578 pages, 108 b/w illustrations, 36 tables
We are in the midst of a biological revolution. Molecular tools are now providing new means of critically testing hypotheses and models of microevolution in populations of wild, cultivated, weedy and feral plants. They are also offering the opportunity for significant progress in the investigation of long-term evolution of flowering plants, as part of molecular phylogenetic studies of the Tree of Life. This long-awaited fourth edition of Plant Variation and Evolution, fully revised by David Briggs, reflects new insights provided by molecular investigations and advances in computer science. Briggs considers the implications of these for our understanding of the evolution of flowering plants, as well as the potential for future advances. Numerous new sections on important topics such as the evolutionary impact of human activities, taxonomic challenges, hybridisation and speciation, and the molecular genetic basis of breeding systems will ensure that this remains a classic text for both undergraduate and graduate students in the field.
Review of previous editions:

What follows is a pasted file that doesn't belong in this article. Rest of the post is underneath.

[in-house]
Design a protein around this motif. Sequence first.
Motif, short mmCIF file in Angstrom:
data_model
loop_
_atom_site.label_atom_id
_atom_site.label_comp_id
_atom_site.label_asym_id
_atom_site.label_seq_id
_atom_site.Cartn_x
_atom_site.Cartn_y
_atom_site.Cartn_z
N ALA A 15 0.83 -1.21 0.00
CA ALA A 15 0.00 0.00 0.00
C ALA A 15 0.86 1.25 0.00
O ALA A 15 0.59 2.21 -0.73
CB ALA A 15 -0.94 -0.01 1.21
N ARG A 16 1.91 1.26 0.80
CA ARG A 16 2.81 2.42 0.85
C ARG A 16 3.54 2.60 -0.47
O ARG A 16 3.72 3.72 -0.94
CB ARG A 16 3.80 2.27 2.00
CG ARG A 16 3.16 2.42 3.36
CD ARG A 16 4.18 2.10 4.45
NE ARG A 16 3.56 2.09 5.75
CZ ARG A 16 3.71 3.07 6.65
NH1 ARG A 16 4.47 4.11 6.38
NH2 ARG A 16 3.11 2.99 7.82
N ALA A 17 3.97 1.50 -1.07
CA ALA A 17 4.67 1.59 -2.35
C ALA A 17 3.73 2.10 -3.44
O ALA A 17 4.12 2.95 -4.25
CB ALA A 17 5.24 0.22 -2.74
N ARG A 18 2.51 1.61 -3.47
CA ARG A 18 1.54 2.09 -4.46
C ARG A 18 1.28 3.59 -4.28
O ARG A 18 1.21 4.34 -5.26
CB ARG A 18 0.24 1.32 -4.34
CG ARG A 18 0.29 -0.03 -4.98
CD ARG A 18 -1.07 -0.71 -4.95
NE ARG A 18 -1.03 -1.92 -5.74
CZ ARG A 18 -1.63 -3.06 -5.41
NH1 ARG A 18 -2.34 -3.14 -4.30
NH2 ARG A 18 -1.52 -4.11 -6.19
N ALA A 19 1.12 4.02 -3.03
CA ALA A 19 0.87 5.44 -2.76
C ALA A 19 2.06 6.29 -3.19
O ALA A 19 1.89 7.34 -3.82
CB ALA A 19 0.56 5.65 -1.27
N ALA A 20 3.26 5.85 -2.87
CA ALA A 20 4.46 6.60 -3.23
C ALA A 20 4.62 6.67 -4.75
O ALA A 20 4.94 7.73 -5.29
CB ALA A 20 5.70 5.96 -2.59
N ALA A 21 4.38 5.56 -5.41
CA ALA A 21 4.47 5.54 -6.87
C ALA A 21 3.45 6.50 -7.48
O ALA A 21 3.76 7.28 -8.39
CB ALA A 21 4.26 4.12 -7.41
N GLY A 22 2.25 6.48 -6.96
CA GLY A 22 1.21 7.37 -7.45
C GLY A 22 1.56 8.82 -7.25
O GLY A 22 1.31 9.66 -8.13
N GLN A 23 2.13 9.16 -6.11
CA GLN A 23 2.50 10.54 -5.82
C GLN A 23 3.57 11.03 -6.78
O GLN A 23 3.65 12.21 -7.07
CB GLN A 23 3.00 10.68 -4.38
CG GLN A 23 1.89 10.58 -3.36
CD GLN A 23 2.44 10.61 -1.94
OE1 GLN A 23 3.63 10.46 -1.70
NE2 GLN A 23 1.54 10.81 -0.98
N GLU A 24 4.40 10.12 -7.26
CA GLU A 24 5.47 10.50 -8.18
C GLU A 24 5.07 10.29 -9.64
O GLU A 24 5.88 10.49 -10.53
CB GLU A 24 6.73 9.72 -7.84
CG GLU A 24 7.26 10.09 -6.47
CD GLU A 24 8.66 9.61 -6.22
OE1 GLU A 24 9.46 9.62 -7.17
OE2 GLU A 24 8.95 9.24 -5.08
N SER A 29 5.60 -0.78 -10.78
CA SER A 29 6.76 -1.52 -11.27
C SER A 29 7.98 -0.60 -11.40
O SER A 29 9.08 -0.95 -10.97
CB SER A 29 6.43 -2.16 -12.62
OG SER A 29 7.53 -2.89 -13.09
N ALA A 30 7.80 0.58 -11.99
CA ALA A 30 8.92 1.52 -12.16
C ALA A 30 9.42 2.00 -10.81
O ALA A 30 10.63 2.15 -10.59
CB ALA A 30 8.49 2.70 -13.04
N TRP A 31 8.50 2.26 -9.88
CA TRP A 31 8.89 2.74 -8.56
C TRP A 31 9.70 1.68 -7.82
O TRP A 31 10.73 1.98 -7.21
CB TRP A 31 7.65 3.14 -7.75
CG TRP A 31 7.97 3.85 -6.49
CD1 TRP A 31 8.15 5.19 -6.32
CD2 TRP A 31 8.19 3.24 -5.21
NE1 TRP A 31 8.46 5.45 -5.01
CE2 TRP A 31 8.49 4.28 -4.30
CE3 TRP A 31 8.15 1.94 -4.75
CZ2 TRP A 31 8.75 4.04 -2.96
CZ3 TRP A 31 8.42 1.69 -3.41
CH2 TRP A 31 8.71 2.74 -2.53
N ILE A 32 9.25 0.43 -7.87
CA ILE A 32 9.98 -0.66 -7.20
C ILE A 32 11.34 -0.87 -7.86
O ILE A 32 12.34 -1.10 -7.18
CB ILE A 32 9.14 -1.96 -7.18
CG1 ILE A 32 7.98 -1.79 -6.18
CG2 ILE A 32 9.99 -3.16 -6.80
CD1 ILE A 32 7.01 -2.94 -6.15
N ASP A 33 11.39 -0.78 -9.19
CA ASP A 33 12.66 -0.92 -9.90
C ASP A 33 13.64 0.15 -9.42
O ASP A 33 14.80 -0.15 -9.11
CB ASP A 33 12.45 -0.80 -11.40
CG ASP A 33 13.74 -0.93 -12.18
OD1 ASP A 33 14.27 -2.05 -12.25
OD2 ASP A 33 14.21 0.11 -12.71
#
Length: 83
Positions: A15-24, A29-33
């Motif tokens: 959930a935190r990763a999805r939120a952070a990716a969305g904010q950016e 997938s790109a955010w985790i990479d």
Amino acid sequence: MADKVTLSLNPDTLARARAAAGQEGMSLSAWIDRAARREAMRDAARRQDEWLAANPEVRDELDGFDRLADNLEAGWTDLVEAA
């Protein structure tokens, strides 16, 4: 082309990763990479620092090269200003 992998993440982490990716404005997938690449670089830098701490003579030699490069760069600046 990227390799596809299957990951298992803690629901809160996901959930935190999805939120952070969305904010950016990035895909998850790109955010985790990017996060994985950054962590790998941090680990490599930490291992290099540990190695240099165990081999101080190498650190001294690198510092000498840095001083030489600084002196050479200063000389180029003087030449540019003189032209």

"[...] one of the classics of plant evolutionary biology [...] Briggs and Walters has mentored students for over four decades and is as balanced and relevant today as it was in 1969 when the first edition was released."
– Tan Bao, Plant Science Bulletin
Note on names of plants
List of abbreviations
1. Investigating plant variation and evolution
2. From Ray to Darwin
3. Early work on biometry
4. Early work on the basis of individual variation
5. Post-Darwinian ideas about evolution
6. DNA: towards an understanding of heredity and molecular evolution
7. Breeding systems
8. Infraspecific variation and the ecotype concept
9. Pattern and process in plant populations
10. Pattern and process: factors interacting with natural selection
11. Populations: origins and extinctions
12. Species and speciation: concepts and models
13. Allopatric speciation and hybridisation
14. Abrupt speciation by polyploidy
15. The species concept
16. Flowering plant evolution: advances, challenges and prospects
17. Historical biogeography
18. The evolutionary impact of human activities
19. The taxonomic challenge ahead
20. Conservation: from protection to restoration and beyond
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David Briggs is Emeritus Fellow of Wolfson College at the University of Cambridge. He has a lifelong interest in evolution, genetics, conservation and taxonomy. He is also the author of Plant Microevolution and Conservation in Human-influenced Ecosystems (Cambridge, 2009), which won the British Ecological Society's 2011 Marsh Book of the Year award.
Stuart Max Walters (1920–2005) – a former Fellow of King's College, Cambridge – was a renowned taxonomist and conservationist and author/editor of major works on the taxonomy and distribution of European plants, including Atlas of the British Flora, Flora Europaea and The European Garden Flora. He was Director of the University of Cambridge Botanic Garden from 1973 until his retirement in 1983.